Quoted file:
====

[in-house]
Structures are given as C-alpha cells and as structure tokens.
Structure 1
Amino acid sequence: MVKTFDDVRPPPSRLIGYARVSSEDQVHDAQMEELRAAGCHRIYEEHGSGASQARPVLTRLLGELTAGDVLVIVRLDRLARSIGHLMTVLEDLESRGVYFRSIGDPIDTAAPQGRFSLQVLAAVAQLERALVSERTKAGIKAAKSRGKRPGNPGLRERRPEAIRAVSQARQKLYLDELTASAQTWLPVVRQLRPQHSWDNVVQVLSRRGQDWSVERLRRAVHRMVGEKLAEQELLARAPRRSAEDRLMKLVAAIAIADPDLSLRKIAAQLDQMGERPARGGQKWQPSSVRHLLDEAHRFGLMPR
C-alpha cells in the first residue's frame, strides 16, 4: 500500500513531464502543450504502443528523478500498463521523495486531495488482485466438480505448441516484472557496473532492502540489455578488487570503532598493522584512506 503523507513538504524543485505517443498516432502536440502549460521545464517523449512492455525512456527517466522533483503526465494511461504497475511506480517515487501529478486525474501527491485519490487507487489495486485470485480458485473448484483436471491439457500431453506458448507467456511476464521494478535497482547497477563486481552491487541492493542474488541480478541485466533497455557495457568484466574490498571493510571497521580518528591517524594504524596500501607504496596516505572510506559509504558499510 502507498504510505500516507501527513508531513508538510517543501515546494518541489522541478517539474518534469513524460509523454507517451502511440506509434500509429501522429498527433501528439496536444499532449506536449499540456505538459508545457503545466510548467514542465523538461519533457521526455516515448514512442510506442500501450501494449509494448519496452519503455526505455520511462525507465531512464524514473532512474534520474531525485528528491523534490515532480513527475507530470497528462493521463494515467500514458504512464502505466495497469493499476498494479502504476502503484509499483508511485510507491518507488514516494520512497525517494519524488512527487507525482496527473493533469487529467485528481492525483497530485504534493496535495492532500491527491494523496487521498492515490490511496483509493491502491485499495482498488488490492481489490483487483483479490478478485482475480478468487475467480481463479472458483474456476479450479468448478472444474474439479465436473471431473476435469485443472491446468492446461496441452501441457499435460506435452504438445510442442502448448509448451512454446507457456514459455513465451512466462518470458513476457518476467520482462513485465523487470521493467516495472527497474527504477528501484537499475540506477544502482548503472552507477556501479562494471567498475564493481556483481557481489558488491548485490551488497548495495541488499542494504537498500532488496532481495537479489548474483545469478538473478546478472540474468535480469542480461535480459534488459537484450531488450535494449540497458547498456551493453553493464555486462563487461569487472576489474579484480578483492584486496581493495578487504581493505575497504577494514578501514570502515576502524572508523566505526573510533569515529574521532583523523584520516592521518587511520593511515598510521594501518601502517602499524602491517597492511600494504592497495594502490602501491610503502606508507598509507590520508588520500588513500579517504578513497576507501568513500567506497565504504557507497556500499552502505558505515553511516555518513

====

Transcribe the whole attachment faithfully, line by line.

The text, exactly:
[in-house]
Structures are given as C-alpha cells and as structure tokens.
Structure 1
Amino acid sequence: MVKTFDDVRPPPSRLIGYARVSSEDQVHDAQMEELRAAGCHRIYEEHGSGASQARPVLTRLLGELTAGDVLVIVRLDRLARSIGHLMTVLEDLESRGVYFRSIGDPIDTAAPQGRFSLQVLAAVAQLERALVSERTKAGIKAAKSRGKRPGNPGLRERRPEAIRAVSQARQKLYLDELTASAQTWLPVVRQLRPQHSWDNVVQVLSRRGQDWSVERLRRAVHRMVGEKLAEQELLARAPRRSAEDRLMKLVAAIAIADPDLSLRKIAAQLDQMGERPARGGQKWQPSSVRHLLDEAHRFGLMPR
C-alpha cells in the first residue's frame, strides 16, 4: 500500500513531464502543450504502443528523478500498463521523495486531495488482485466438480505448441516484472557496473532492502540489455578488487570503532598493522584512506 503523507513538504524543485505517443498516432502536440502549460521545464517523449512492455525512456527517466522533483503526465494511461504497475511506480517515487501529478486525474501527491485519490487507487489495486485470485480458485473448484483436471491439457500431453506458448507467456511476464521494478535497482547497477563486481552491487541492493542474488541480478541485466533497455557495457568484466574490498571493510571497521580518528591517524594504524596500501607504496596516505572510506559509504558499510 502507498504510505500516507501527513508531513508538510517543501515546494518541489522541478517539474518534469513524460509523454507517451502511440506509434500509429501522429498527433501528439496536444499532449506536449499540456505538459508545457503545466510548467514542465523538461519533457521526455516515448514512442510506442500501450501494449509494448519496452519503455526505455520511462525507465531512464524514473532512474534520474531525485528528491523534490515532480513527475507530470497528462493521463494515467500514458504512464502505466495497469493499476498494479502504476502503484509499483508511485510507491518507488514516494520512497525517494519524488512527487507525482496527473493533469487529467485528481492525483497530485504534493496535495492532500491527491494523496487521498492515490490511496483509493491502491485499495482498488488490492481489490483487483483479490478478485482475480478468487475467480481463479472458483474456476479450479468448478472444474474439479465436473471431473476435469485443472491446468492446461496441452501441457499435460506435452504438445510442442502448448509448451512454446507457456514459455513465451512466462518470458513476457518476467520482462513485465523487470521493467516495472527497474527504477528501484537499475540506477544502482548503472552507477556501479562494471567498475564493481556483481557481489558488491548485490551488497548495495541488499542494504537498500532488496532481495537479489548474483545469478538473478546478472540474468535480469542480461535480459534488459537484450531488450535494449540497458547498456551493453553493464555486462563487461569487472576489474579484480578483492584486496581493495578487504581493505575497504577494514578501514570502515576502524572508523566505526573510533569515529574521532583523523584520516592521518587511520593511515598510521594501518601502517602499524602491517597492511600494504592497495594502490602501491610503502606508507598509507590520508588520500588513500579517504578513497576507501568513500567506497565504504557507497556500499552502505558505515553511516555518513